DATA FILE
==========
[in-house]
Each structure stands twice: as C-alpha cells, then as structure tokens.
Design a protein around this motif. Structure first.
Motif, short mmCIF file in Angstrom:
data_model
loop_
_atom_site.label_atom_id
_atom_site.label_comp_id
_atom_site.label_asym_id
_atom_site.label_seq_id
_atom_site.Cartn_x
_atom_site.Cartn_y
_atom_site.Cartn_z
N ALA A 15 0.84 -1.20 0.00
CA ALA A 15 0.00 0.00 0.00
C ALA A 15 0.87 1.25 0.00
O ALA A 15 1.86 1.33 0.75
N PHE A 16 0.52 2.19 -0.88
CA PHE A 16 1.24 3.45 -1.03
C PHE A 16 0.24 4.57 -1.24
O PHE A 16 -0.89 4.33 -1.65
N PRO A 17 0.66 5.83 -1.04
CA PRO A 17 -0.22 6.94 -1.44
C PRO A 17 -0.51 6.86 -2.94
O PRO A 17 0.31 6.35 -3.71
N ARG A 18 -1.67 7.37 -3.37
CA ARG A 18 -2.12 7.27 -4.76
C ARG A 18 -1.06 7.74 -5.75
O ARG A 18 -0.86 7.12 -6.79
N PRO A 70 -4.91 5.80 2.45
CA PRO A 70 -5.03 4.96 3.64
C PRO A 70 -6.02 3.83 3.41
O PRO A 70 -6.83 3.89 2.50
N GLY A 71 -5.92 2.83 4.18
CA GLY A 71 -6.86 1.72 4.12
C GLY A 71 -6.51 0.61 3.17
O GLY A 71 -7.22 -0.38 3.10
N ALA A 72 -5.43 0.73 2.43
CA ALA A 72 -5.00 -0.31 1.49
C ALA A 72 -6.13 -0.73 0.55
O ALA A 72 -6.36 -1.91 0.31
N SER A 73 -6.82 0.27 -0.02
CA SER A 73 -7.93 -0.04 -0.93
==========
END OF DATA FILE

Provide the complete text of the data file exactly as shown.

[in-house]
Each structure stands twice: as C-alpha cells, then as structure tokens.
Design a protein around this motif. Structure first.
Motif, short mmCIF file in Angstrom:
data_model
loop_
_atom_site.label_atom_id
_atom_site.label_comp_id
_atom_site.label_asym_id
_atom_site.label_seq_id
_atom_site.Cartn_x
_atom_site.Cartn_y
_atom_site.Cartn_z
N ALA A 15 0.84 -1.20 0.00
CA ALA A 15 0.00 0.00 0.00
C ALA A 15 0.87 1.25 0.00
O ALA A 15 1.86 1.33 0.75
N PHE A 16 0.52 2.19 -0.88
CA PHE A 16 1.24 3.45 -1.03
C PHE A 16 0.24 4.57 -1.24
O PHE A 16 -0.89 4.33 -1.65
N PRO A 17 0.66 5.83 -1.04
CA PRO A 17 -0.22 6.94 -1.44
C PRO A 17 -0.51 6.86 -2.94
O PRO A 17 0.31 6.35 -3.71
N ARG A 18 -1.67 7.37 -3.37
CA ARG A 18 -2.12 7.27 -4.76
C ARG A 18 -1.06 7.74 -5.75
O ARG A 18 -0.86 7.12 -6.79
N PRO A 70 -4.91 5.80 2.45
CA PRO A 70 -5.03 4.96 3.64
C PRO A 70 -6.02 3.83 3.41
O PRO A 70 -6.83 3.89 2.50
N GLY A 71 -5.92 2.83 4.18
CA GLY A 71 -6.86 1.72 4.12
C GLY A 71 -6.51 0.61 3.17
O GLY A 71 -7.22 -0.38 3.10
N ALA A 72 -5.43 0.73 2.43
CA ALA A 72 -5.00 -0.31 1.49
C ALA A 72 -6.13 -0.73 0.55
O ALA A 72 -6.36 -1.91 0.31
N SER A 73 -6.82 0.27 -0.02
CA SER A 73 -7.93 -0.04 -0.93